def invoke
  res = catch(:halt) { yield }

  ... etc ...

end

Ruby sets the catch block’s return value to the second argument passed to throw – your route code block’s return value in this case, or res in the diagram.

This is just the simplest example of throw in Sinatra – it turns out that many of the helper methods like last_modified, redirect, error, etc., all use throw to jump back to the invoke in a similar way, providing the appropriate return value. Here’s another example showing how Sinatra’s redirect helper method works:

 

throw used by redirect

The big benefit here is that when the client code decides to call redirect, Sinatra avoids the need to execute everything following the redirect call (“… lots of code here…”) – or the need for the client code itself to have to use an if/else statement to avoid executing it. Sinatra has taken what should be a normal, mundane Ruby programming task – calling a code block – and done it in a stylish, elegant way. The result is faster, cleaner code, both for Sinatra’s internals and for you!

A readable and maintainable test suite

Something else in Sinatra’s internals that caught my eye was the way it used Test::Unit. Many Ruby developers today prefer to use RSpec or Minitest instead of Test::Unit to get a more powerful and readable DSL for unit tests and BDD. But Sinatra, like the Rails core team, uses plain old Test::Unit for its test suite.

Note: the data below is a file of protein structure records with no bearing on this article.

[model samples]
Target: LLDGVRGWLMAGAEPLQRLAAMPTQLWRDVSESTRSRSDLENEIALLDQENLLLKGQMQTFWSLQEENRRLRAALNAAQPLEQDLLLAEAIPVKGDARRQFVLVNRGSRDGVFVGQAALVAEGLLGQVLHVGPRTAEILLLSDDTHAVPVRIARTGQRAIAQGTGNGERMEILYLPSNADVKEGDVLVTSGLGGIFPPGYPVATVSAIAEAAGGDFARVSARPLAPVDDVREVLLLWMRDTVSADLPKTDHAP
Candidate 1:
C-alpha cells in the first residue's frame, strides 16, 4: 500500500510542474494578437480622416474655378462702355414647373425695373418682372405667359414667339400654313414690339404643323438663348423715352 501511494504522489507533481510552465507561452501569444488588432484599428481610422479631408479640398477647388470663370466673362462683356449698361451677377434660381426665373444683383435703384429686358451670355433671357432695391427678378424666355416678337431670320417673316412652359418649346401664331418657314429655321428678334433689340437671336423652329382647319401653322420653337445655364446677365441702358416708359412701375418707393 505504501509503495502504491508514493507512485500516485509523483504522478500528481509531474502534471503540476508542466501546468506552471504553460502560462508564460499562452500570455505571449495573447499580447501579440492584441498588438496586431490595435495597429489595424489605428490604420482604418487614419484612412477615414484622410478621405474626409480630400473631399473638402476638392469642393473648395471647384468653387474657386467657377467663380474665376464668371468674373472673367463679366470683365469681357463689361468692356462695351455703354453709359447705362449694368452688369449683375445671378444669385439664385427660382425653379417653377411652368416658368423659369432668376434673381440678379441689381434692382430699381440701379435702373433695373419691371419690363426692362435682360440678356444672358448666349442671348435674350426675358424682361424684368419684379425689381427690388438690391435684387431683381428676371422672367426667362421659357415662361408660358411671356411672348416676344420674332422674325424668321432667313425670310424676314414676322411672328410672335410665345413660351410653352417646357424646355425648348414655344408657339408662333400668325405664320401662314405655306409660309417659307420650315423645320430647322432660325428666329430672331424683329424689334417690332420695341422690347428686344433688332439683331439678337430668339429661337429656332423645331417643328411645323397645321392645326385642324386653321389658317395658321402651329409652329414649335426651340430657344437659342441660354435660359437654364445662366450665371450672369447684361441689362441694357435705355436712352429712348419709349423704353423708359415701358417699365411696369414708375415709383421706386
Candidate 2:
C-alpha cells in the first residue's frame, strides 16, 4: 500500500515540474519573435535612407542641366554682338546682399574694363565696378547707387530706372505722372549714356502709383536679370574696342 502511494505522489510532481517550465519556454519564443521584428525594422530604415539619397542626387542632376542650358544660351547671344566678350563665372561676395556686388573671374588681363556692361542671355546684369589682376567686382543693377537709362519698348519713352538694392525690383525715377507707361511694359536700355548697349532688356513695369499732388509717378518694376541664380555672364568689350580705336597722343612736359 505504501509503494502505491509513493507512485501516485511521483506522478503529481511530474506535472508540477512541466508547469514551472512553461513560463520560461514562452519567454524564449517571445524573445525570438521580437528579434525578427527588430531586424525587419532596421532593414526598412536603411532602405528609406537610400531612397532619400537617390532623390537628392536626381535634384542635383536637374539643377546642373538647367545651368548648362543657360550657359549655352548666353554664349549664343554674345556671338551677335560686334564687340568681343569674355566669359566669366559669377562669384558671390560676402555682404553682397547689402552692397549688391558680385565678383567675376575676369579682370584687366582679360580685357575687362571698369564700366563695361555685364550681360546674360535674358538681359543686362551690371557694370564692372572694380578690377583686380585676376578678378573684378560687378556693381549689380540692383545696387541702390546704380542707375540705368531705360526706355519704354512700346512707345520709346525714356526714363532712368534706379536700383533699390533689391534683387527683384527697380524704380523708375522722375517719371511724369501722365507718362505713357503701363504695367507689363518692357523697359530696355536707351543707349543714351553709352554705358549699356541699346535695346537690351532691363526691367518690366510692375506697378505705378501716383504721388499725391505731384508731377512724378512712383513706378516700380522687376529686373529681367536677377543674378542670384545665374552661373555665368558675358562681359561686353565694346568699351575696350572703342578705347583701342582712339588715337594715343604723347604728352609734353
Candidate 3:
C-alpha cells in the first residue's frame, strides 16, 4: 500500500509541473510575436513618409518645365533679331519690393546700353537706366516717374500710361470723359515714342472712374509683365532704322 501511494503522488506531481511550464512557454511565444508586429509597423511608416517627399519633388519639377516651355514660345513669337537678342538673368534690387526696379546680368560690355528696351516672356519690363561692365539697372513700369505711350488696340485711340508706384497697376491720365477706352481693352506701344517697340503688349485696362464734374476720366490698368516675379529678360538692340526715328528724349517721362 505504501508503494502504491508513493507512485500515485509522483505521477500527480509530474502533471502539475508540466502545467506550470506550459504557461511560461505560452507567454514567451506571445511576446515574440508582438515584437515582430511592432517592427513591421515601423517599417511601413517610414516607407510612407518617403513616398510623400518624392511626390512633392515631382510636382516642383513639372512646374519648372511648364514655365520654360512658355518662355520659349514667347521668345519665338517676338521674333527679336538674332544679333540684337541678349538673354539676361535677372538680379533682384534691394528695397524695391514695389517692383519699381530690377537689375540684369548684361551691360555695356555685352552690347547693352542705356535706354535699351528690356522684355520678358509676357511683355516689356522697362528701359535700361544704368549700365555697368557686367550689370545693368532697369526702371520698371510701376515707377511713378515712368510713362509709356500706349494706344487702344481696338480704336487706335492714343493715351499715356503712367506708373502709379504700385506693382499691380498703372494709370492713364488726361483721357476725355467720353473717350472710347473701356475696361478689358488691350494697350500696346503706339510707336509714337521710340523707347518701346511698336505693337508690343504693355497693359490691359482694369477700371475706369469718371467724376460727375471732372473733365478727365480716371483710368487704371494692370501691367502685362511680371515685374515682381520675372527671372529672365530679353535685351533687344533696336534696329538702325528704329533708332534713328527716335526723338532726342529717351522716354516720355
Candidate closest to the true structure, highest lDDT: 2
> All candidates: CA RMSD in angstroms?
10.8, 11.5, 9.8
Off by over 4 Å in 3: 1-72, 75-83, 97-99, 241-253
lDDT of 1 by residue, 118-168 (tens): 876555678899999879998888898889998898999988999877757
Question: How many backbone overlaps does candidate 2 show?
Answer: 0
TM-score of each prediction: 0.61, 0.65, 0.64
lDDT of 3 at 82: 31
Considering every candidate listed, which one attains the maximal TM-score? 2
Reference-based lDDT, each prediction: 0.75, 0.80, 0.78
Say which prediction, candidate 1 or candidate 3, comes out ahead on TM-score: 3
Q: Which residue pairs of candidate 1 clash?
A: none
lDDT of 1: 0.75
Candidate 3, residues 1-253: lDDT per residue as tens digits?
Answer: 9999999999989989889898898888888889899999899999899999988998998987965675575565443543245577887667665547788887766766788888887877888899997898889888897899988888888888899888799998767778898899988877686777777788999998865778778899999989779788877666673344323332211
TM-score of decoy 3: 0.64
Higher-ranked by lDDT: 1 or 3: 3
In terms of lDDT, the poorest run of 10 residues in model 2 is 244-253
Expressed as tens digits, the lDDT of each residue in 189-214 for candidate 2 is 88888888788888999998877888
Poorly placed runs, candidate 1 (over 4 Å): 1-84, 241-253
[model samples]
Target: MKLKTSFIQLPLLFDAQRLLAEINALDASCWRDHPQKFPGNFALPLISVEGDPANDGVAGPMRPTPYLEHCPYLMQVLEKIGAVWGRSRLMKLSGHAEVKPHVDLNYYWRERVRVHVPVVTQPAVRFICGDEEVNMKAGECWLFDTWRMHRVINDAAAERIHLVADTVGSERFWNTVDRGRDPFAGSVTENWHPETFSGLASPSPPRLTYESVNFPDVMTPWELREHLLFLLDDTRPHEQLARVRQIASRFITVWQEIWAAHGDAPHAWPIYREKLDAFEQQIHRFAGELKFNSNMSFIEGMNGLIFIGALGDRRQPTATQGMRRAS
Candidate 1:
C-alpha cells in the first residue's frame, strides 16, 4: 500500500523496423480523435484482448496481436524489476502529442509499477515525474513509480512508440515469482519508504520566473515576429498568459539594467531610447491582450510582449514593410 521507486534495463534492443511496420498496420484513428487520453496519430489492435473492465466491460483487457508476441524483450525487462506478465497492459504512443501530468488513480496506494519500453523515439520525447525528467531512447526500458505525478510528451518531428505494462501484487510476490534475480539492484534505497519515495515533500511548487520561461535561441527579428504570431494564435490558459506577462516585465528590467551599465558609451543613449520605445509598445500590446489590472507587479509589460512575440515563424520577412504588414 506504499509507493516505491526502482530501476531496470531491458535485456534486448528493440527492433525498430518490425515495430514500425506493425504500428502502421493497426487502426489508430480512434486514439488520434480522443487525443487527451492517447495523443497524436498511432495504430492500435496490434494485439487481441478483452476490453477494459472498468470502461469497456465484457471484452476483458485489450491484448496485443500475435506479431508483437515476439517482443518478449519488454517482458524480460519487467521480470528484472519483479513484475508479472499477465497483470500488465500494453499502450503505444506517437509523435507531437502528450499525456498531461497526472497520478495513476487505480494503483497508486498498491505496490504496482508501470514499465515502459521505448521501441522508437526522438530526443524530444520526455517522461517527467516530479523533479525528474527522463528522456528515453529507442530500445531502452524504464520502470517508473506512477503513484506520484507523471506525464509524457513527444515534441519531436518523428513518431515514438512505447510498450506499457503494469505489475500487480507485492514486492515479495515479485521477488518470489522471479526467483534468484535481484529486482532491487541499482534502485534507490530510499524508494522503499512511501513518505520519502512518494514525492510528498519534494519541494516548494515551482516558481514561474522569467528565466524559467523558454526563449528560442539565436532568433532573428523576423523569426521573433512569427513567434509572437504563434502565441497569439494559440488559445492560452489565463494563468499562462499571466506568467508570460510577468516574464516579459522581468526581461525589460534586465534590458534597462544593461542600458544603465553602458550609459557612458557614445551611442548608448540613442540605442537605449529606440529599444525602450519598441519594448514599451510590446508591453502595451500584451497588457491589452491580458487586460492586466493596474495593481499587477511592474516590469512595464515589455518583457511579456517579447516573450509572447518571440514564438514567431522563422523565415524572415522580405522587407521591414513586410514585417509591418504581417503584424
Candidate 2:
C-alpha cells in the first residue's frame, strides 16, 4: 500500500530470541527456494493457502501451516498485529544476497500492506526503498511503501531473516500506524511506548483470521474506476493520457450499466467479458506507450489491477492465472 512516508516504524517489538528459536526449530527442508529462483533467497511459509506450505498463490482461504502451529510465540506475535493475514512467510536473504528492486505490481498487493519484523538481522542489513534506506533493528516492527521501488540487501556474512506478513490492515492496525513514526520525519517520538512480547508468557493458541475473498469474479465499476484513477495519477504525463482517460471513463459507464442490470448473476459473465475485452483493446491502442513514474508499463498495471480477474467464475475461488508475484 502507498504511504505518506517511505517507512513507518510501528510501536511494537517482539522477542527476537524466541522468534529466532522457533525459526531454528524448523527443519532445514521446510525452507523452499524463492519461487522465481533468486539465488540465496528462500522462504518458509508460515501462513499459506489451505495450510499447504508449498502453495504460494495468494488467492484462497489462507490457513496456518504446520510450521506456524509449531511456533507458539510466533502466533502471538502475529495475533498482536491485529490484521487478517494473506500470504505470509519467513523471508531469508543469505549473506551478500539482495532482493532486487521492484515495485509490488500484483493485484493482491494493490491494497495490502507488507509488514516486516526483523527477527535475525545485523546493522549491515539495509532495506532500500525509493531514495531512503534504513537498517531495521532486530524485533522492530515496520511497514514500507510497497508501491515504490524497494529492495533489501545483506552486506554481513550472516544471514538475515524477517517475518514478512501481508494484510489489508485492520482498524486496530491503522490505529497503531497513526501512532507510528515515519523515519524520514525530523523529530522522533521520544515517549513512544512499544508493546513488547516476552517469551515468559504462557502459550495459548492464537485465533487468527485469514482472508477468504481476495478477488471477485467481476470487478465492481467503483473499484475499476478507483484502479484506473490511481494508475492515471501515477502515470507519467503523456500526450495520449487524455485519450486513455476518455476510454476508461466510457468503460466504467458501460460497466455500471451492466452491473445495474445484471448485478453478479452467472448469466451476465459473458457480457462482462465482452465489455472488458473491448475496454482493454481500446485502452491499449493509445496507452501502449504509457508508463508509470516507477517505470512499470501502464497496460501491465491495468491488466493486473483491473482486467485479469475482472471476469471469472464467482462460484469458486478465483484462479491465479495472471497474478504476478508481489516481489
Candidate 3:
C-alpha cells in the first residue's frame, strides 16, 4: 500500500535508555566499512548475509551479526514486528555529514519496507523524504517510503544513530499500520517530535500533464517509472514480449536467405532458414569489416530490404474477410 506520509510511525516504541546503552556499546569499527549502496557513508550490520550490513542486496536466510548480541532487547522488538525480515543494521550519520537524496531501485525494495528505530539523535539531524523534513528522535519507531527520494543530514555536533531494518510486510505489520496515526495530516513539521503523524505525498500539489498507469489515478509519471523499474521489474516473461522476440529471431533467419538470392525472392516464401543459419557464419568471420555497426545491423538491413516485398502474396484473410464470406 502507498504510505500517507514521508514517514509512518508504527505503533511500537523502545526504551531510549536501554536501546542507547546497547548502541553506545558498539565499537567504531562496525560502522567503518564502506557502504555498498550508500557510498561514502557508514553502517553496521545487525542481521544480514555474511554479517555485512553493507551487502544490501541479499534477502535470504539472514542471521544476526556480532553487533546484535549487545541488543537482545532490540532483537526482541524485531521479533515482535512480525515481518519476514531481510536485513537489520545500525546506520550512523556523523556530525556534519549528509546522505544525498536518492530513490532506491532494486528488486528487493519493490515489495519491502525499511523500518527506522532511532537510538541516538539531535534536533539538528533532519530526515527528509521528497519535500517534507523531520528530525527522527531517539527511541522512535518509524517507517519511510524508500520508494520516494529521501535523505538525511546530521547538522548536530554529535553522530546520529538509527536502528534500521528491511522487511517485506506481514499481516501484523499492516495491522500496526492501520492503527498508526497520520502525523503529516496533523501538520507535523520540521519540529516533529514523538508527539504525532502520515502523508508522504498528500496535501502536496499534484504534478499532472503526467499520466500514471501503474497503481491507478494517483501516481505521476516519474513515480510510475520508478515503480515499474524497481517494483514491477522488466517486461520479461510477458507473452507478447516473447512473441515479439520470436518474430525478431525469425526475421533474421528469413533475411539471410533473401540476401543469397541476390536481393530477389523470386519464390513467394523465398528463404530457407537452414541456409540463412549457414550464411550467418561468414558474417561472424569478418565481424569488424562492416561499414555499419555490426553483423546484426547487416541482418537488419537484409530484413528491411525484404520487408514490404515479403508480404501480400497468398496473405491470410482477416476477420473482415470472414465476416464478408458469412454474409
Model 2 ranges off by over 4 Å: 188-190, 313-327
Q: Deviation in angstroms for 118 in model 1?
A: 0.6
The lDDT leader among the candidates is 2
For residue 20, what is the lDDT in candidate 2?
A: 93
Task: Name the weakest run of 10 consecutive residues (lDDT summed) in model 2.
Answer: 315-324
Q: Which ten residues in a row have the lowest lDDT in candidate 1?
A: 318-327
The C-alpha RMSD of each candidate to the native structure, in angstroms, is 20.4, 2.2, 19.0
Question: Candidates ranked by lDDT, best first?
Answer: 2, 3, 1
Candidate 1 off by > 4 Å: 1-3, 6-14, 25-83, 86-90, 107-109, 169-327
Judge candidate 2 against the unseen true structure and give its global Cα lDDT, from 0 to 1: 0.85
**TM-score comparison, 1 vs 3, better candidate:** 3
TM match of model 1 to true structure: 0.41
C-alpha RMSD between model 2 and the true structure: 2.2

But what a minute… let’s take a look at some of Sinatra’s tests:

class BaseTest < Test::Unit::TestCase

... etc ...

  describe 'Sinatra::Base subclasses' do
    class TestApp < Sinatra::Base
      get '/' do
        'Hello World'
      end
    end

    it 'include Rack::Utils' do
      assert TestApp.included_modules.include?(Rack::Utils)
    end

    it 'processes requests with #call' do
      assert TestApp.respond_to?(:call)

      request = Rack::MockRequest.new(TestApp)
      response = request.get('/')
      assert response.ok?
      assert_equal 'Hello World', response.body
    end

This doesn’t look like Test::Unit at all! Instead, it seems like Sinatra is using RSpec – why do I see the describe and it keywords here? Well it turns out that Sinatra has employed a neat little library called contest, which is adds support for describe/context blocks in Test::Unit, like you would see with RSpec or Shoulda. Sinatra has also defined the it keyword as an alias for test like this:

class Test::Unit::TestCase
  include Rack::Test::Methods

  class << self
    alias_method :it, :test

... etc ...

These two changes to Test::Unit have made Sinatra’s test suite much more readable… more stylish! But there’s also substance to the style: for example, notice the nice way that Sinatra created an entire test app right inside a describe block:

describe 'Sinatra::Base subclasses' do
  class TestApp < Sinatra::Base
    get '/' do
      'Hello World'